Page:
I guess I’m supposed to feel far from God right now. At least, the worried glances of my concerned church family and the continued reassurance that “no matter what, God loves” me have me wondering if they know something I don’t know.
Because I don’t feel far from God at all. Sitting here, alone, in the quiet of my new middle-of-no-where apartment, with hands a bit dirty from handling wood for the fire, rain boots muddy from stamping down tire ruts, and a steaming plate of kale stir fry, I feel anything but far from God. I feel like I am precisely where God expected me to be in this moment, on this day. I feel like He’s right here with me, in every new and awakening moment of rustic life lived independently, I feel Him in every contented breath.
I feel far from people. Not all people, of course. In every experience of growth and change, or even in the failures and the falls, there are always people who surprise you with their grace and with the authenticity of their love. There are always people, however, who surprise you in another way completely. I feel far from those people. I feel far from the church, not the people who comprise her, but from the mammoth statue of tradition that “church” implies.
I feel adrift somewhat, though by choice and not chance. I feel as though I’ve kayaked out to sea and have turned to gaze back upon where I was. It’s a moment of decision. Is that really where I want to be? Is that girl who was living on that island really who I am meant to be? It’s surprising how ugly the view is from out here, blemishes not easily picked up upon when you’re in the middle of it all. I guess that makes them too large to see up close. I’m grateful for my vantage point.
I don’t feel far from my destiny, but I do feel the disappointment of people who feel like I am. The murmurings of “we had such hope for her”, “she could have done so much”, “such a waste of talent”. At first I was tempted to agree. Surely I was on the right track to accomplishing great things for God. I’d made the right choices, signed on to the right projects, presented in the right way, I was a shoe in. Only problem was, I was the one making the decisions, choosing the projects, tweaking presentation. I was so busy chasing “my destiny” that I forgot to chase God. I forgot how to chase God.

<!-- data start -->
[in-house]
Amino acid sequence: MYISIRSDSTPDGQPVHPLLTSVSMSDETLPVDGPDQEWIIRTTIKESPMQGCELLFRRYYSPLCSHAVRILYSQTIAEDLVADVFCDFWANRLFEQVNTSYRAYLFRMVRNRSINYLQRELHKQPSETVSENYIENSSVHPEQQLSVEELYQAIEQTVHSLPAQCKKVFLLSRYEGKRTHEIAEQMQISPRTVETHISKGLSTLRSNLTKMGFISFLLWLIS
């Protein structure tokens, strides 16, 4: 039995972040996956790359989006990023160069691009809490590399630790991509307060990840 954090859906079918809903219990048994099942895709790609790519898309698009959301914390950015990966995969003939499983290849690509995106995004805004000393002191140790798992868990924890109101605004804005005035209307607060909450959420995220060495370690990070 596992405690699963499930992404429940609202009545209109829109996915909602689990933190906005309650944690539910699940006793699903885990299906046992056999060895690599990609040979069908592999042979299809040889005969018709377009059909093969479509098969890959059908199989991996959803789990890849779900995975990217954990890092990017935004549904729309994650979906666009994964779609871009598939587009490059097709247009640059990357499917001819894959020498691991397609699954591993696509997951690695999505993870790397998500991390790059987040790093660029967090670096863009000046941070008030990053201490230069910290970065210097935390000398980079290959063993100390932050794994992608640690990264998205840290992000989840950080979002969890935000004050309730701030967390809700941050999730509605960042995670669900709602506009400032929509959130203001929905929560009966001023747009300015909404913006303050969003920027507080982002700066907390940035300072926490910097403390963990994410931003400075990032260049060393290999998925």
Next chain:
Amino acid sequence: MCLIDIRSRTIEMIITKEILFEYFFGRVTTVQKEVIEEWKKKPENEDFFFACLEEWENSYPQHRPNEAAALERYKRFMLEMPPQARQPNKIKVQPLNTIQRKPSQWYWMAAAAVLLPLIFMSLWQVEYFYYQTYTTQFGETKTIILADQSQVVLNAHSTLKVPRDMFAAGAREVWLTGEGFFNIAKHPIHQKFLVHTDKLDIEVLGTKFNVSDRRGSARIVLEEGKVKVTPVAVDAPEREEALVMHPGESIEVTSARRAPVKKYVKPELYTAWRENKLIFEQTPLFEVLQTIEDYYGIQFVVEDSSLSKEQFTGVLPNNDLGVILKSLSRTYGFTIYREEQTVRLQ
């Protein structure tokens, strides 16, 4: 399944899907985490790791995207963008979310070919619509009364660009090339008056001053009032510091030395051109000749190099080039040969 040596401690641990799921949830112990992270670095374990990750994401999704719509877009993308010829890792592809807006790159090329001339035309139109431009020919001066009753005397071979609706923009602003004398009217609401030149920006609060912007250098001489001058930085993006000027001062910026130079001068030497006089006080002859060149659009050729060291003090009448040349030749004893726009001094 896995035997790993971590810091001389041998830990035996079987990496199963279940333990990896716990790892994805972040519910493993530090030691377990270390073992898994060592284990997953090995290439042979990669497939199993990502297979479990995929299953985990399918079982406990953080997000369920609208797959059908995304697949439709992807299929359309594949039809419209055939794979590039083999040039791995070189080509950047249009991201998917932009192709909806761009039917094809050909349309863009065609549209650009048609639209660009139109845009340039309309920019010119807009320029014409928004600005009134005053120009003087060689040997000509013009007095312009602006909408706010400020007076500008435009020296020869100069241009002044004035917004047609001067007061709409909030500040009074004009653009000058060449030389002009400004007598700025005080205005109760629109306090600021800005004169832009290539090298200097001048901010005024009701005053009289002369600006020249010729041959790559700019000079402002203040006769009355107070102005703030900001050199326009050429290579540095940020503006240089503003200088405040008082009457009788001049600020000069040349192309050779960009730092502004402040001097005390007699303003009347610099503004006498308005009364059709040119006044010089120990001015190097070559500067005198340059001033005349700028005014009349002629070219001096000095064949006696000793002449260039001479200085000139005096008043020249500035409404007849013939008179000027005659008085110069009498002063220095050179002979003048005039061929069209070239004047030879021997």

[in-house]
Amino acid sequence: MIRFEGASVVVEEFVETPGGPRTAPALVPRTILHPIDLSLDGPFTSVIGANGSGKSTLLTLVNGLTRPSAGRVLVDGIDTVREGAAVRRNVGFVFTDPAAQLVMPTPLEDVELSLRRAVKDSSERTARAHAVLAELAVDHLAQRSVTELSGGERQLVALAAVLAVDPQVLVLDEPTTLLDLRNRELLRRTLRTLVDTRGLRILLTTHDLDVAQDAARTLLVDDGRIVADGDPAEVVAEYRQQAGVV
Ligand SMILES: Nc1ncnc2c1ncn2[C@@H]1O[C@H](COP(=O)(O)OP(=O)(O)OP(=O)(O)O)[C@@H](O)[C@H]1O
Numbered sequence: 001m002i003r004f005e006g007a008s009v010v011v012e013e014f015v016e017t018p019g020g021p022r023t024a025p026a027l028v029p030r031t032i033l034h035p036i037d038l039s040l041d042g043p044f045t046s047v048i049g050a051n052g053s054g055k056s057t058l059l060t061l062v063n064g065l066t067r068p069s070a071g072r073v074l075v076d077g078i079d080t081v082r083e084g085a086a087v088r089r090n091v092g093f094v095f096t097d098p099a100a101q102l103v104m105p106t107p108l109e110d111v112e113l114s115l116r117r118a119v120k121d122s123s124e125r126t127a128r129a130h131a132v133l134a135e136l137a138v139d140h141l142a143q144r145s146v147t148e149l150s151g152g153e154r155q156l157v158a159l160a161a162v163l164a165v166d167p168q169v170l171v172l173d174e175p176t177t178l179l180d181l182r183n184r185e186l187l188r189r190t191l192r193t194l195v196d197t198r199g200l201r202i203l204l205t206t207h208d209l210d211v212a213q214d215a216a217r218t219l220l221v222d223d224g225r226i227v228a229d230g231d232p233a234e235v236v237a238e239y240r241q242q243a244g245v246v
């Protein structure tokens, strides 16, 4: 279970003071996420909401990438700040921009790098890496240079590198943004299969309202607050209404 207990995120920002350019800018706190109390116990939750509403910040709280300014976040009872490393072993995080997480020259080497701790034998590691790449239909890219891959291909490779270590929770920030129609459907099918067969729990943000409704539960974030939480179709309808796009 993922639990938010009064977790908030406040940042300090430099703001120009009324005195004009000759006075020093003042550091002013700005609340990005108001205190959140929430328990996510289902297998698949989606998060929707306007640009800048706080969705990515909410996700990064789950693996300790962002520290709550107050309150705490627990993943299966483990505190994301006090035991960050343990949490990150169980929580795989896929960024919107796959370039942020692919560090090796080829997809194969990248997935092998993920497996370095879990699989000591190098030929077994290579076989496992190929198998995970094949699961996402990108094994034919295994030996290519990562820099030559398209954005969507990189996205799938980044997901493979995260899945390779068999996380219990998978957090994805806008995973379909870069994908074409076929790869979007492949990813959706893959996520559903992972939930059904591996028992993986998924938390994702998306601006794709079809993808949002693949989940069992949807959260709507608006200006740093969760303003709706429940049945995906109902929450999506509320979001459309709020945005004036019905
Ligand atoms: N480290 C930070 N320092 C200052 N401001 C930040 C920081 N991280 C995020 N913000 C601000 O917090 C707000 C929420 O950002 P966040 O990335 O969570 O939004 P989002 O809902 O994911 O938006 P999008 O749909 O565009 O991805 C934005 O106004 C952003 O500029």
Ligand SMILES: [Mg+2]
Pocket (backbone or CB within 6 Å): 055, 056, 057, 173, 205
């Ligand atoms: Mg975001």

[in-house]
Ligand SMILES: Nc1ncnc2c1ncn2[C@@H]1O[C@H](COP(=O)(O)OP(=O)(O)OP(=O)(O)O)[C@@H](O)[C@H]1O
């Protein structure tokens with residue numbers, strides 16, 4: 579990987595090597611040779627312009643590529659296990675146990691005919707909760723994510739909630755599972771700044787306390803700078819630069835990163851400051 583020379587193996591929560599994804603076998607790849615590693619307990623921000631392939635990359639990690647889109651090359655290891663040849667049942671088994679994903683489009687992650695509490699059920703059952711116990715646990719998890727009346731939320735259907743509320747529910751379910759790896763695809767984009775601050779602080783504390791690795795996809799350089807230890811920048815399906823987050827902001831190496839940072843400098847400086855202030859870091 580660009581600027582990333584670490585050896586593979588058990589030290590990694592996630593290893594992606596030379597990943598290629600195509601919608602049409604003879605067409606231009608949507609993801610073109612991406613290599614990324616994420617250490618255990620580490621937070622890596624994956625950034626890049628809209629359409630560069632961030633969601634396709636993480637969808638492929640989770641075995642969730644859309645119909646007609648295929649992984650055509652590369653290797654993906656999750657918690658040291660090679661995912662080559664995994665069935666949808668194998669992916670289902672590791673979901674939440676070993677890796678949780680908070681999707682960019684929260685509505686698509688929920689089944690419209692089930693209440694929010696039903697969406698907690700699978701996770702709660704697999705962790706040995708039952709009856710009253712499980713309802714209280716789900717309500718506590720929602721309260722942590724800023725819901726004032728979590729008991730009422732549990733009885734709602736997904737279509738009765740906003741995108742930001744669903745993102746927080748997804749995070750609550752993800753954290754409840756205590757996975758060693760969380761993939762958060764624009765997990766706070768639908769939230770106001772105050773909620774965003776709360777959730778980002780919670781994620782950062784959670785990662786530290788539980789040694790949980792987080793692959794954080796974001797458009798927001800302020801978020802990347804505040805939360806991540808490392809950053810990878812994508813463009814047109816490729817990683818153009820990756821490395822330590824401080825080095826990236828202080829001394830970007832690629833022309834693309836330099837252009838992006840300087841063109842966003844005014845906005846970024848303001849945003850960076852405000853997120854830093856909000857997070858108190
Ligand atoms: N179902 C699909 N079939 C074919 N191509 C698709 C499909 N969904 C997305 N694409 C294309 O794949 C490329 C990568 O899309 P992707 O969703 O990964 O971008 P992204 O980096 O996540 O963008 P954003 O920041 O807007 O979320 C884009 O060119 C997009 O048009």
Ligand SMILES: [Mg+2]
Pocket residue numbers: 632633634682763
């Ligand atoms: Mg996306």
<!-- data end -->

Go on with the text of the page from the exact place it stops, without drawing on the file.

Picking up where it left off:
I respect a people who believe in prophesy. I respect a church who invites a prophet to their pulpit. I’ve lost respect, however, for prophesy chasing. It’s too easy to lose sight of what’s important. A huge prophetic word can change a person in the eyes of the church, and suddenly everyone is on board to get this person with the ‘big calling’ where it is they need to be. The battle cry begins, “we are fighting for your destiny!”
It all feels good for a time.
Except that I am a person and not a destiny. Except that while we’re all busy ushering me toward my destiny, my life is suddenly on a different track than it might have been, than it might be supposed to be. “I’m supposed to preach so I’ll work on my public speaking skills.” “You should read this book about prophetic singing, it’ll teach you what you need to know.”
I don’t want to chase my destiny. I don’t want to spend my life following a (or every) prophetic word. It’s not that I’m unwilling or disinterested, it’s just that, well, it’s my destiny, right? I imagine just living life is what’s going to get me there. Chasing destiny burnt me out. Living life brings me peace. Besides, a prophet can be wrong. Even more so, a prophet can be misunderstood.
It was said over me once that I would be famous, and “not known about your town kind of famous but known around the world kind of famous”. Oh, now there’s a prophesy worth chasing, right?
Except Anne Frank is famous. Just a girl, living her life, without any idea she was someday going to change the lives of others. World famous.
I’m so grateful for my peace. At whatever cost it comes.